When it comes to approving a new drug, regulators are looking for evidence of efficacy (the drug’s desired effect) and safety (the drug’s undesirable effects, and how serious they may be). Payers, however, may have additional interests.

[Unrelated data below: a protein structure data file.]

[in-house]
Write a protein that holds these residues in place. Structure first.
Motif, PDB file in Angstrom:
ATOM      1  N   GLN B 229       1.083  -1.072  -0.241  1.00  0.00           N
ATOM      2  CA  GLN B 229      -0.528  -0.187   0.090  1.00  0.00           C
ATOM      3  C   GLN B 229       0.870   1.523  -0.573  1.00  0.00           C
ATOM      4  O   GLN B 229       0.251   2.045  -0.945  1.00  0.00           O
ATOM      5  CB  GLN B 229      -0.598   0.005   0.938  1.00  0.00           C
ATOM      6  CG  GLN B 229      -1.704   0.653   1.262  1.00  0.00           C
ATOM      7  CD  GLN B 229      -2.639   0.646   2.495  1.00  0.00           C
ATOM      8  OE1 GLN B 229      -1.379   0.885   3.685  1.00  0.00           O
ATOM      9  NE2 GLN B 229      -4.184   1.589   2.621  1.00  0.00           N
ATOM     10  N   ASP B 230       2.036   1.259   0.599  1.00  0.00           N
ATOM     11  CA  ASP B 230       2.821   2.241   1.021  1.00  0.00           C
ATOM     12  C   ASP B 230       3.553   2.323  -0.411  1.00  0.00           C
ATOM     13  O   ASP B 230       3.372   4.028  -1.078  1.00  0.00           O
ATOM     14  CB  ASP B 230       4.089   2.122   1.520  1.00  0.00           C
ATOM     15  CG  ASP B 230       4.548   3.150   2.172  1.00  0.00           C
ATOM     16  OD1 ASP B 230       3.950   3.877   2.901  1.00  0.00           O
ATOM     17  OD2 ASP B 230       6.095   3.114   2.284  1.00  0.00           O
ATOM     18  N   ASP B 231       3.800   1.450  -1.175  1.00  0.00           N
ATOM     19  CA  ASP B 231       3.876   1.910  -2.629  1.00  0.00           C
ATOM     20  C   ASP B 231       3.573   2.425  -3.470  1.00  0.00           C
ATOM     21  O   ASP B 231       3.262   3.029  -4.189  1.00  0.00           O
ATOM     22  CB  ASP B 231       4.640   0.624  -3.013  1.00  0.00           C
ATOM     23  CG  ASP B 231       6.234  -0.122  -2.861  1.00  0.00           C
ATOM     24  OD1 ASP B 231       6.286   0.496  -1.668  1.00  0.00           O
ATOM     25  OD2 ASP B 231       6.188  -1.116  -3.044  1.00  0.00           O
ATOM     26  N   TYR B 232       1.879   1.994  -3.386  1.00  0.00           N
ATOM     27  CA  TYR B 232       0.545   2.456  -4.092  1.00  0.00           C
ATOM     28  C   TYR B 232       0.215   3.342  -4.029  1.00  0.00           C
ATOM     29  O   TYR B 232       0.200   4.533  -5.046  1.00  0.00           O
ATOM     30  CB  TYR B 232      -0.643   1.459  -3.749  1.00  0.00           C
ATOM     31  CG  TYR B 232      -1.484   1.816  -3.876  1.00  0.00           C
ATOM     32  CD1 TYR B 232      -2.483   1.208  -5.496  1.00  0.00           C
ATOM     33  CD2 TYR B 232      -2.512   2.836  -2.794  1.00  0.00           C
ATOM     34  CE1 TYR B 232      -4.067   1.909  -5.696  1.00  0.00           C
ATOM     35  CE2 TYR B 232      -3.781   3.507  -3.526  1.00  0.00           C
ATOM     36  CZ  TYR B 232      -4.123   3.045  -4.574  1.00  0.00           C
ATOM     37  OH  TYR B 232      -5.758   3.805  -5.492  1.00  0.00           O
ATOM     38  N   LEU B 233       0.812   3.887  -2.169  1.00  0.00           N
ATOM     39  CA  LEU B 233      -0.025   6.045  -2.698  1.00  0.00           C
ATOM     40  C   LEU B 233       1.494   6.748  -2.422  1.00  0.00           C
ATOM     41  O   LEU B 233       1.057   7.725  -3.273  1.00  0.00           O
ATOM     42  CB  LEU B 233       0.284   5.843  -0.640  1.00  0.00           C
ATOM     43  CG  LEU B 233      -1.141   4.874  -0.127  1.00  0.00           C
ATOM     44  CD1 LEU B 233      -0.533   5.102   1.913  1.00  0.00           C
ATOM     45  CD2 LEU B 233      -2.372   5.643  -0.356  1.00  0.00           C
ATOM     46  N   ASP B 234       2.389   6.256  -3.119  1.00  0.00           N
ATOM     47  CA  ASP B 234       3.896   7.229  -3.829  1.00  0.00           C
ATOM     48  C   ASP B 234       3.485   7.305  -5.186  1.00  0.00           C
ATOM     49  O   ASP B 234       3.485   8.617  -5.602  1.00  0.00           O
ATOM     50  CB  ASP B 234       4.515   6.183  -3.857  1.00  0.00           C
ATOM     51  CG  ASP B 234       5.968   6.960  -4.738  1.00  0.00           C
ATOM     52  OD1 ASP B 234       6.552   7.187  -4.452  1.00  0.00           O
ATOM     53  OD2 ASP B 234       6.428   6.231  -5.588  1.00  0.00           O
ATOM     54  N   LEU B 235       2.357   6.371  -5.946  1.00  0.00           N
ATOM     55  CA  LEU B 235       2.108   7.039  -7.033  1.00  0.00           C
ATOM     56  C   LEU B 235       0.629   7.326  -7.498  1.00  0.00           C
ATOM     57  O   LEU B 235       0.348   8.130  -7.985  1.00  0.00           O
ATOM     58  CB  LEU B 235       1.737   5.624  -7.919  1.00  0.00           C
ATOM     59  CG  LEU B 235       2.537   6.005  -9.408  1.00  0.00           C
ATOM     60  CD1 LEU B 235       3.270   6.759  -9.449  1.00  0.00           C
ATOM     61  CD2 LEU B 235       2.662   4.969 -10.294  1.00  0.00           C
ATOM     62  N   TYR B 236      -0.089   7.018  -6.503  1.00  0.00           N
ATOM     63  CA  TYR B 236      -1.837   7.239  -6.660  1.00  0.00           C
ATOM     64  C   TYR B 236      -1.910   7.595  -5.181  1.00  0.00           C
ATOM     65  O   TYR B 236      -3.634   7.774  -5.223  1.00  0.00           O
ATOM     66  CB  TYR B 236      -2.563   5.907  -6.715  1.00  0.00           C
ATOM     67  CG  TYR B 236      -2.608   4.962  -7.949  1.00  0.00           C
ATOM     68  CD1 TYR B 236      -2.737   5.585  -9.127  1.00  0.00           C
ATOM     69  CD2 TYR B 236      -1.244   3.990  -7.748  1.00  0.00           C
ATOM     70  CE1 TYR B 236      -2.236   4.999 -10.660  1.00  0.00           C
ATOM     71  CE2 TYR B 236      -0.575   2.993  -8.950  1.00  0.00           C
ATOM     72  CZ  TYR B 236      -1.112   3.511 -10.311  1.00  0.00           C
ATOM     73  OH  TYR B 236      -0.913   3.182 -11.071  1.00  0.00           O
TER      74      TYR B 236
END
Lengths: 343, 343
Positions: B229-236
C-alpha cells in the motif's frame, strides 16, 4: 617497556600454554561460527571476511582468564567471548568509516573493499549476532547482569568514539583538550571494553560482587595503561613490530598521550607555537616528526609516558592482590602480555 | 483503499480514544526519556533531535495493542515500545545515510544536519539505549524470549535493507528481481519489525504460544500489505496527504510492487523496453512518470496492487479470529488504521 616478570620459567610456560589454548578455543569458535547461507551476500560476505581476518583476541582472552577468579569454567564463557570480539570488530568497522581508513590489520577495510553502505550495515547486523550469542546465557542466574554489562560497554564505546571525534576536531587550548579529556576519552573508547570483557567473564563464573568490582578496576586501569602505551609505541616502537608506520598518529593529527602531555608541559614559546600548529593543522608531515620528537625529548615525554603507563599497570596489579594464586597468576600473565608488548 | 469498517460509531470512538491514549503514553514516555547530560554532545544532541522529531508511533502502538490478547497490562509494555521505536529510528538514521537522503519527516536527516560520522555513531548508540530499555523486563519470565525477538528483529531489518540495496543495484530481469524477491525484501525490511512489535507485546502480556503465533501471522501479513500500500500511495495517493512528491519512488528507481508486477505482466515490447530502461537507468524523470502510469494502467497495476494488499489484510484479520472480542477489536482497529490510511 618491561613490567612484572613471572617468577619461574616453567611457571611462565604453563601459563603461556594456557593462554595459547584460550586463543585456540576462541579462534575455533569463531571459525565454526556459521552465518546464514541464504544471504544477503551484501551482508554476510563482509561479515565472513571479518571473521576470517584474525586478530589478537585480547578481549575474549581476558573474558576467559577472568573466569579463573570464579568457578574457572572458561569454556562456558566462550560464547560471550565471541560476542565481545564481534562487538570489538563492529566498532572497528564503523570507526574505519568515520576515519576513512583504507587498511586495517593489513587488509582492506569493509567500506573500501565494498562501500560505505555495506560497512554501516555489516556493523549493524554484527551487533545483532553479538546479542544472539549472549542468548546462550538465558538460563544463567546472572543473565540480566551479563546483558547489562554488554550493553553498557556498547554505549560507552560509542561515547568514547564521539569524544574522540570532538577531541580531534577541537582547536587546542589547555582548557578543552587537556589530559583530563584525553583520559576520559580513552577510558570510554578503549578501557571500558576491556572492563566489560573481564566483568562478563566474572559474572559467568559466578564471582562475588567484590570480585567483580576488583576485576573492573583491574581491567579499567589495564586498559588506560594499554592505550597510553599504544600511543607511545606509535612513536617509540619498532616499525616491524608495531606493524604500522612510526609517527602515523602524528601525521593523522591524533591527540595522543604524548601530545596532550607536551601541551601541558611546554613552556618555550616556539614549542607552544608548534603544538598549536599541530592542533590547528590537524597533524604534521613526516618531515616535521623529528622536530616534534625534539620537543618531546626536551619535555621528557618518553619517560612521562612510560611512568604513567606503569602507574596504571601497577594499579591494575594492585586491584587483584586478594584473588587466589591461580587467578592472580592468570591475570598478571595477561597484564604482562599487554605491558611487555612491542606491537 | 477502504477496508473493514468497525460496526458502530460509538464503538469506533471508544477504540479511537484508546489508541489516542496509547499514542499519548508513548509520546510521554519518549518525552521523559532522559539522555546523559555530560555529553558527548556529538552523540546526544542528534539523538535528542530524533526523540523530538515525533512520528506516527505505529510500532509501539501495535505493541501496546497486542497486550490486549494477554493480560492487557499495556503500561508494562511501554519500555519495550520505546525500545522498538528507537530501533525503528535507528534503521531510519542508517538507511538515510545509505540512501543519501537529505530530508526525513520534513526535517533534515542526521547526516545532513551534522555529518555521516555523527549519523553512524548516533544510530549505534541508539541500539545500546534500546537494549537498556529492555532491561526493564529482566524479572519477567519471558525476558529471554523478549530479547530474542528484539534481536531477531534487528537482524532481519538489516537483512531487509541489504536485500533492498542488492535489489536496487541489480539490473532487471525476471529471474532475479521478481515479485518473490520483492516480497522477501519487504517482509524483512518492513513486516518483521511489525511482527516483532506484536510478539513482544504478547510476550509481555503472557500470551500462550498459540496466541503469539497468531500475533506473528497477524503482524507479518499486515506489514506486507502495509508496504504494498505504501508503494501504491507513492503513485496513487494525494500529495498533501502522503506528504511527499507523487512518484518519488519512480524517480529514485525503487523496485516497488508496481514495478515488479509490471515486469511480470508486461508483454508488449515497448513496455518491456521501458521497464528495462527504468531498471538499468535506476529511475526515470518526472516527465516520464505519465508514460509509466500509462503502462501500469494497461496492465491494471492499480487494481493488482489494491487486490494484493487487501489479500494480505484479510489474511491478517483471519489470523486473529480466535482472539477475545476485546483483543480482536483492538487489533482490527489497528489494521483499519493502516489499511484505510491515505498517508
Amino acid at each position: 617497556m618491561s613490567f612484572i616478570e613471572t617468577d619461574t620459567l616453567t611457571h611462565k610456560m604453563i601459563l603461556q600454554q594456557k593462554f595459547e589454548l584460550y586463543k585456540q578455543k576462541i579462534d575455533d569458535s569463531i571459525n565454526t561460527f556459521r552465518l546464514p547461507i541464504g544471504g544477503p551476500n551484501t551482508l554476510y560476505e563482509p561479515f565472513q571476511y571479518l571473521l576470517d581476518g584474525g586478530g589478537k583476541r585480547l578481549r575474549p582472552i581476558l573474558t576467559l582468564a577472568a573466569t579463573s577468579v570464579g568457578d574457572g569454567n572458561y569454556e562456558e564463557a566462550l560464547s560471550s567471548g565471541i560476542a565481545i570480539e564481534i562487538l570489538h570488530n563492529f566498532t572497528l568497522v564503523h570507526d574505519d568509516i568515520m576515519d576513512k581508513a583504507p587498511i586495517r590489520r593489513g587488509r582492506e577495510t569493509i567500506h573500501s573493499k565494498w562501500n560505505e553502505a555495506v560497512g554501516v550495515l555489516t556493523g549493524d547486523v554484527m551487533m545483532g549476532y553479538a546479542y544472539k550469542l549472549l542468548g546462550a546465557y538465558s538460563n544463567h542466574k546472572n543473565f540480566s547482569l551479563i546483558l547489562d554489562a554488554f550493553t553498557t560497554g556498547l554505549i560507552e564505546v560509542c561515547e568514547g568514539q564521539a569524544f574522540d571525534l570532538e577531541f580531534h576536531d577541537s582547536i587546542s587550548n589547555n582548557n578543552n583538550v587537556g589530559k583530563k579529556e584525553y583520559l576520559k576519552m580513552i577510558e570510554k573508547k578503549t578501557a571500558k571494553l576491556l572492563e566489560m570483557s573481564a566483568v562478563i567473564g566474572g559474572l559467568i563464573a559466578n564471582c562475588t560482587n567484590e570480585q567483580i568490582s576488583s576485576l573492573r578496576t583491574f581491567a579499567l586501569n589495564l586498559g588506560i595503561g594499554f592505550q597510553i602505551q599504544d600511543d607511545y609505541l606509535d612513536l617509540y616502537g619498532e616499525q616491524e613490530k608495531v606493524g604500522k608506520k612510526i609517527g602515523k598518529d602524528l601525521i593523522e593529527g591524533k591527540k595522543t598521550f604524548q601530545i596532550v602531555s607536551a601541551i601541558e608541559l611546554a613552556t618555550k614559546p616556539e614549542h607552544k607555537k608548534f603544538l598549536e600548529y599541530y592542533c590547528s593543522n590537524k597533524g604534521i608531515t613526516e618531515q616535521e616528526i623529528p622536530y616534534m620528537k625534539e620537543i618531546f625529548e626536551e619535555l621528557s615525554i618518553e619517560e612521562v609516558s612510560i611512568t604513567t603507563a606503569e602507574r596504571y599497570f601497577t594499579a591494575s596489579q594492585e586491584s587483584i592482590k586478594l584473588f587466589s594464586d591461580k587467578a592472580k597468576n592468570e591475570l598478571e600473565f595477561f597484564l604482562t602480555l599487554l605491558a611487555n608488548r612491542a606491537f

They are less concerned with how the drug works in a controlled trial environment than with how it will work in the real world, in real settings, with real patients living real lives. And, most assuredly, they are looking at the price the developer is proposing to charge for the drug. Often they will want to know whether it is cost-effective. That, too, largely depends upon how it performs—and the costs that attach to it—in the real world.